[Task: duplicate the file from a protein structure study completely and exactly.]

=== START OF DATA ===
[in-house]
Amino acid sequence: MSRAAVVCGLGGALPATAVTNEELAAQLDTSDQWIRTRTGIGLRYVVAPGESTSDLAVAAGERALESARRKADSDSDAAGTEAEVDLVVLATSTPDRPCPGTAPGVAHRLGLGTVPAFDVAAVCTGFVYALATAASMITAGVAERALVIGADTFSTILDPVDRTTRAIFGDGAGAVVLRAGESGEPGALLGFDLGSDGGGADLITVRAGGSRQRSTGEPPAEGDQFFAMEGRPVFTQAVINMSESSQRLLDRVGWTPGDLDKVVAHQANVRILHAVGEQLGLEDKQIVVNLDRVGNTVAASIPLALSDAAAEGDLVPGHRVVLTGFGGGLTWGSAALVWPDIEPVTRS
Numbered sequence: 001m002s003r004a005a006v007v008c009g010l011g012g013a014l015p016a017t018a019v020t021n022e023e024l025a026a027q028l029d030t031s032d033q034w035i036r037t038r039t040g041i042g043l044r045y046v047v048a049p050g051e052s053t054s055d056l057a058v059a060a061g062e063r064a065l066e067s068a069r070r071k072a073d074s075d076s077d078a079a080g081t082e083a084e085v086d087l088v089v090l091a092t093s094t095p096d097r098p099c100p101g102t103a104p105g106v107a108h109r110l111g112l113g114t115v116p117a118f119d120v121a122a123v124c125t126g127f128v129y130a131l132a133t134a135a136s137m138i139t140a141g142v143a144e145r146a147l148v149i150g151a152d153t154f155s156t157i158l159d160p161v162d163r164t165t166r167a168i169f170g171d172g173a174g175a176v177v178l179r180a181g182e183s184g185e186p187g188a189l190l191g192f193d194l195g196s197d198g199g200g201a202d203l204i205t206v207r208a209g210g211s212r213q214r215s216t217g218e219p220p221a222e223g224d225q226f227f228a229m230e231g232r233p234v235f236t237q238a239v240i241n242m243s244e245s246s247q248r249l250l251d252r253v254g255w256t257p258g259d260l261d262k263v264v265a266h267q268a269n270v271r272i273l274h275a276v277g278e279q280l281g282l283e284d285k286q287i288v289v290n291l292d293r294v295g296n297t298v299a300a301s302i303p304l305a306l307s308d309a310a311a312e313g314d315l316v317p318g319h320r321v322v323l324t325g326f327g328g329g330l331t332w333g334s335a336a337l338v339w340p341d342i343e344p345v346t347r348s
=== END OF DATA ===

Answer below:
[in-house]
Amino acid sequence: MSRAAVVCGLGGALPATAVTNEELAAQLDTSDQWIRTRTGIGLRYVVAPGESTSDLAVAAGERALESARRKADSDSDAAGTEAEVDLVVLATSTPDRPCPGTAPGVAHRLGLGTVPAFDVAAVCTGFVYALATAASMITAGVAERALVIGADTFSTILDPVDRTTRAIFGDGAGAVVLRAGESGEPGALLGFDLGSDGGGADLITVRAGGSRQRSTGEPPAEGDQFFAMEGRPVFTQAVINMSESSQRLLDRVGWTPGDLDKVVAHQANVRILHAVGEQLGLEDKQIVVNLDRVGNTVAASIPLALSDAAAEGDLVPGHRVVLTGFGGGLTWGSAALVWPDIEPVTRS
Numbered sequence: 001m002s003r004a005a006v007v008c009g010l011g012g013a014l015p016a017t018a019v020t021n022e023e024l025a026a027q028l029d030t031s032d033q034w035i036r037t038r039t040g041i042g043l044r045y046v047v048a049p050g051e052s053t054s055d056l057a058v059a060a061g062e063r064a065l066e067s068a069r070r071k072a073d074s075d076s077d078a079a080g081t082e083a084e085v086d087l088v089v090l091a092t093s094t095p096d097r098p099c100p101g102t103a104p105g106v107a108h109r110l111g112l113g114t115v116p117a118f119d120v121a122a123v124c125t126g127f128v129y130a131l132a133t134a135a136s137m138i139t140a141g142v143a144e145r146a147l148v149i150g151a152d153t154f155s156t157i158l159d160p161v162d163r164t165t166r167a168i169f170g171d172g173a174g175a176v177v178l179r180a181g182e183s184g185e186p187g188a189l190l191g192f193d194l195g196s197d198g199g200g201a202d203l204i205t206v207r208a209g210g211s212r213q214r215s216t217g218e219p220p221a222e223g224d225q226f227f228a229m230e231g232r233p234v235f236t237q238a239v240i241n242m243s244e245s246s247q248r249l250l251d252r253v254g255w256t257p258g259d260l261d262k263v264v265a266h267q268a269n270v271r272i273l274h275a276v277g278e279q280l281g282l283e284d285k286q287i288v289v290n291l292d293r294v295g296n297t298v299a300a301s302i303p304l305a306l307s308d309a310a311a312e313g314d315l316v317p318g319h320r321v322v323l324t325g326f327g328g329g330l331t332w333g334s335a336a337l338v339w340p341d342i343e344p345v346t347r348s